LEXINGTON, Ky. (Sept. 21, 2012) — In celebration of the University of Kentucky's upcoming sesquicentennial in 2015, the 24th of 150 weekly installments on the university looks at the history of UK women's basketball.
Women’s basketball was established on the UK campus in 1902. The 1902-03 women’s basketball team was the first of either sex at the then called State College, Lexington, Kentucky, to play a full intercollegiate schedule.
At State College, there was no place to play basketball until Barker Hall was built. Even then, basketball was not a spectator sport for the simple reason that the gym could not accommodate more than those who could stand around the floor of the balcony, which was also the running track. From 1903 on, the men shared the gym with the women.
Women’s basketball was taken quite seriously by the women themselves, but not, it seems, by the male students. According to "Hail Kentucky" by Helen Deiss Irvin, "A Kentuckian of 1904 reports a game as one vast tide of straight hair, stray hair, curls and ribbons reversed and cries of 'Here Rebekah,' and 'Oh, Gemima, how could you?'" That same year one Herman Scholtz disguised himself as a girl and went to Georgetown with the coeds, obviously with their connivance. There he watched a spirited contest forbidden to male spectators. He had to be punished, but the faculty was at a loss. Although there were more than 180 specific rules, nobody had ever thought to include one against dressing up as a girl. Scholtz got a general reprimand.
For the first few years of its existence on UK's campus, the women's basketball team mostly played inter-class scrimmages, only playing one or two intercollegiate games per season. All games were carefully monitored by Florence Offutt Stout, the women's physical education director and first dean of women, and no spectators were allowed. Stout was a proponent of "medical gymnastics," a more gentle form of physical exercise targeted at promoting physical health and eliminating obesity, and considered competitive sports at odds with this program.
In 1909, the women's basketball team complained via a petition to the faculty senate stating that Stout did not support the development of the sport and asked that the athletic association take over the management of the team. This started a power struggle which stretched over almost two decades among Stout, women students in favor of the sport, and the athletic association.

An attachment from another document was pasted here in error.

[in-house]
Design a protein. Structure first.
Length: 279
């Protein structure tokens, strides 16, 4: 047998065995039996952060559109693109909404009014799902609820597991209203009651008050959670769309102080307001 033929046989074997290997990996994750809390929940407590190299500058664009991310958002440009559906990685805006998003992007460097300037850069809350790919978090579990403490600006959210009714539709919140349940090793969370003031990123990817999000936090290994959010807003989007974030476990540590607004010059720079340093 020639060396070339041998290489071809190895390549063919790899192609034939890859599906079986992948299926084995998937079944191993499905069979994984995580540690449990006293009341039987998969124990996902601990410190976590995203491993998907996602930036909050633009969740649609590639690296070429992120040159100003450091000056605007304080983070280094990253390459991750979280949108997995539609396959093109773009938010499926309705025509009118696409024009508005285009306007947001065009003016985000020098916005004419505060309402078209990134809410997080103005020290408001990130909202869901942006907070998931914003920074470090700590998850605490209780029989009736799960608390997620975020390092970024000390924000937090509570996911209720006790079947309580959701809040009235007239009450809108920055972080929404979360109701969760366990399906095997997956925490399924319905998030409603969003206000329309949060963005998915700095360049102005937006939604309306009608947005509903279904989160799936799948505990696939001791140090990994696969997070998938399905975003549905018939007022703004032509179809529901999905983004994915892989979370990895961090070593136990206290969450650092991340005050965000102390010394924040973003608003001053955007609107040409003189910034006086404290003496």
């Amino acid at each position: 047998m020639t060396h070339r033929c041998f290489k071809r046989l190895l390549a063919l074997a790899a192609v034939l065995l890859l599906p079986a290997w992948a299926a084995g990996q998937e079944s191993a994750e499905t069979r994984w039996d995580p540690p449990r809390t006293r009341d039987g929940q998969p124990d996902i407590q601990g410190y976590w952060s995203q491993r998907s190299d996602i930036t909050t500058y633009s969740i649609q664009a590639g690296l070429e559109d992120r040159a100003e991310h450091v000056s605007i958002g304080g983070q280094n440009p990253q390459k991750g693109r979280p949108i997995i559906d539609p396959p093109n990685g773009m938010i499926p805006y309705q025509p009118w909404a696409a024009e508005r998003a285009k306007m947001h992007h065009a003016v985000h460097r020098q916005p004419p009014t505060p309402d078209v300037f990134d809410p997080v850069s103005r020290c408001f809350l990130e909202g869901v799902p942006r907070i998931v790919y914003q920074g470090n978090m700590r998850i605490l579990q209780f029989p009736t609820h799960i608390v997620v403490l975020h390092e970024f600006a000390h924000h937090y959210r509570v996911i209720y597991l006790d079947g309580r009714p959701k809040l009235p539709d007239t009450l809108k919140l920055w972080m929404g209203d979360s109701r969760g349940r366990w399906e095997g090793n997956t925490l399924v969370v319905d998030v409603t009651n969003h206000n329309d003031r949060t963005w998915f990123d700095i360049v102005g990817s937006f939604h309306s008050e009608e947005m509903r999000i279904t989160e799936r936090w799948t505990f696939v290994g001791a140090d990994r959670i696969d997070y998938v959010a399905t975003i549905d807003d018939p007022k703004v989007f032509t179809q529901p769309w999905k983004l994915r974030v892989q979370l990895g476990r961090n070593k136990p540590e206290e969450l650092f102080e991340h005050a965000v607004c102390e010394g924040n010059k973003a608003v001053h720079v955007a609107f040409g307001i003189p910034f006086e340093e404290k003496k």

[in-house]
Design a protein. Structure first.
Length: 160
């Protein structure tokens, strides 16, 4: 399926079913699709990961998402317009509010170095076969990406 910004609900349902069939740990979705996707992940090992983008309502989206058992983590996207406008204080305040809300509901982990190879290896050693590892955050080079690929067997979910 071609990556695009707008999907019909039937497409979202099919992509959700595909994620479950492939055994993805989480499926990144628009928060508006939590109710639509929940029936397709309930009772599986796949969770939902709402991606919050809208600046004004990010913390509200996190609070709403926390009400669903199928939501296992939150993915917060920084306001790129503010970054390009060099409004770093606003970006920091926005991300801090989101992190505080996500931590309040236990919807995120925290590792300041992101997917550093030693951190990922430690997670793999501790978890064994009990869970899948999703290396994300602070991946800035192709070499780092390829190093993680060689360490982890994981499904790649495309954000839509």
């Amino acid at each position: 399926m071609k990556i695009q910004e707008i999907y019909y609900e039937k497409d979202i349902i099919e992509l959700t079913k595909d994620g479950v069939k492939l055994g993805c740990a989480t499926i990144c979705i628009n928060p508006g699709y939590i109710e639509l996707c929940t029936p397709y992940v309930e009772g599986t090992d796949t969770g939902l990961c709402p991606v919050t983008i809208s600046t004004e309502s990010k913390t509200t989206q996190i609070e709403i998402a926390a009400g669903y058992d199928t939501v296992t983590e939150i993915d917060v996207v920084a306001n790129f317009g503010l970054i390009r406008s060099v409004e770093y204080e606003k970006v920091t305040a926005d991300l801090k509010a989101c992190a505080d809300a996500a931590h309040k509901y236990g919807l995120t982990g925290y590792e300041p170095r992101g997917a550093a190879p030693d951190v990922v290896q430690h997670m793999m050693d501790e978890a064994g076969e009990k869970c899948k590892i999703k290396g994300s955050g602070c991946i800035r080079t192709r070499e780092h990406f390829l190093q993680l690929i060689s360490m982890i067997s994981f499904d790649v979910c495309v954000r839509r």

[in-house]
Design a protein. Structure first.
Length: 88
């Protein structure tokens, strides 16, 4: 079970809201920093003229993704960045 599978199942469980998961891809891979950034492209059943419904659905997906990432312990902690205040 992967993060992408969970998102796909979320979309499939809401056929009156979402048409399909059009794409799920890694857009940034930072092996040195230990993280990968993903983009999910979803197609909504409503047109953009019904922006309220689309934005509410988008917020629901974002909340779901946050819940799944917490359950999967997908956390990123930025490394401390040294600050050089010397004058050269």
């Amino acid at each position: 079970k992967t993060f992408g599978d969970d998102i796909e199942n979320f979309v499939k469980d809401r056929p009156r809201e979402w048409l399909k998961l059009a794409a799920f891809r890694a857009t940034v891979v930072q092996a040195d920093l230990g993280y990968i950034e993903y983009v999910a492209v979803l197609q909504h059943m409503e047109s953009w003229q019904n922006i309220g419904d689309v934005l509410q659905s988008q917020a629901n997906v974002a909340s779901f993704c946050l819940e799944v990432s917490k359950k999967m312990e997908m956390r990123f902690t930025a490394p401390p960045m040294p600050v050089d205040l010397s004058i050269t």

In 1924, bolstered by the support of newly appointed Dean of Women Sarah Blanding, Stout finally convinced the University Senate and UK President Frank L. McVey that basketball was "too strenuous for girls." McVey cited this "strenuousity" and the claim that road trips for the team were prohibitively expensive due to "the necessity of proper chaperonage" as reasons for banning women's basketball. This was in spite of the fact that the 1923-1924 women's team had won the Southern Intercollegiate Championship after an undefeated 10-0 season. All women's intercollegiate varsity sports were discontinued on Nov. 13, 1924. Ironically, the 1924-1925 season marked the first season of men's basketball play in Alumni Gym and a rise of popularity in the game on campus.
In the next decades, women's basketball continued to be played in physical education classes, and later as an intramural sport, but organizing campus dances became the primary focus of the Women's Athletic Association. It was not until 1974 that women's basketball was reinstated as a varsity sport, with Sue Feamster serving as the first coach of a varsity team in 50 years.
Today, the university's women's basketball team is coached by Matthew Mitchell. UK Hoops, the 2012 SEC (Southeastern Conference) regular season champions, made it to the Elite Eight in the 2012 NCAA (National Collegiate Athletic Association) tournament.
A fuller account of the early years of women's basketball and the campus politics affecting it can be found in Gregory Kent Stanley's book "Before Big Blue." In addition, UK Athletics offers a historic timeline of women's basketball achievements on its website under "History and records."
This story on UK's history is presented by UK Special Collections. Special Collections is home to UK Libraries' collection of rare books, Kentuckiana, the Archives, the Louie B. Nunn Center for Oral History, the King Library Press and the Wendell H. Ford Public Policy Research Center. The mission of Special Collections is to locate and preserve materials documenting the social, cultural, economic and political history of the Commonwealth of Kentucky.
MEDIA CONTACT: Whitney Hale, (859) 257-8716 or email@example.com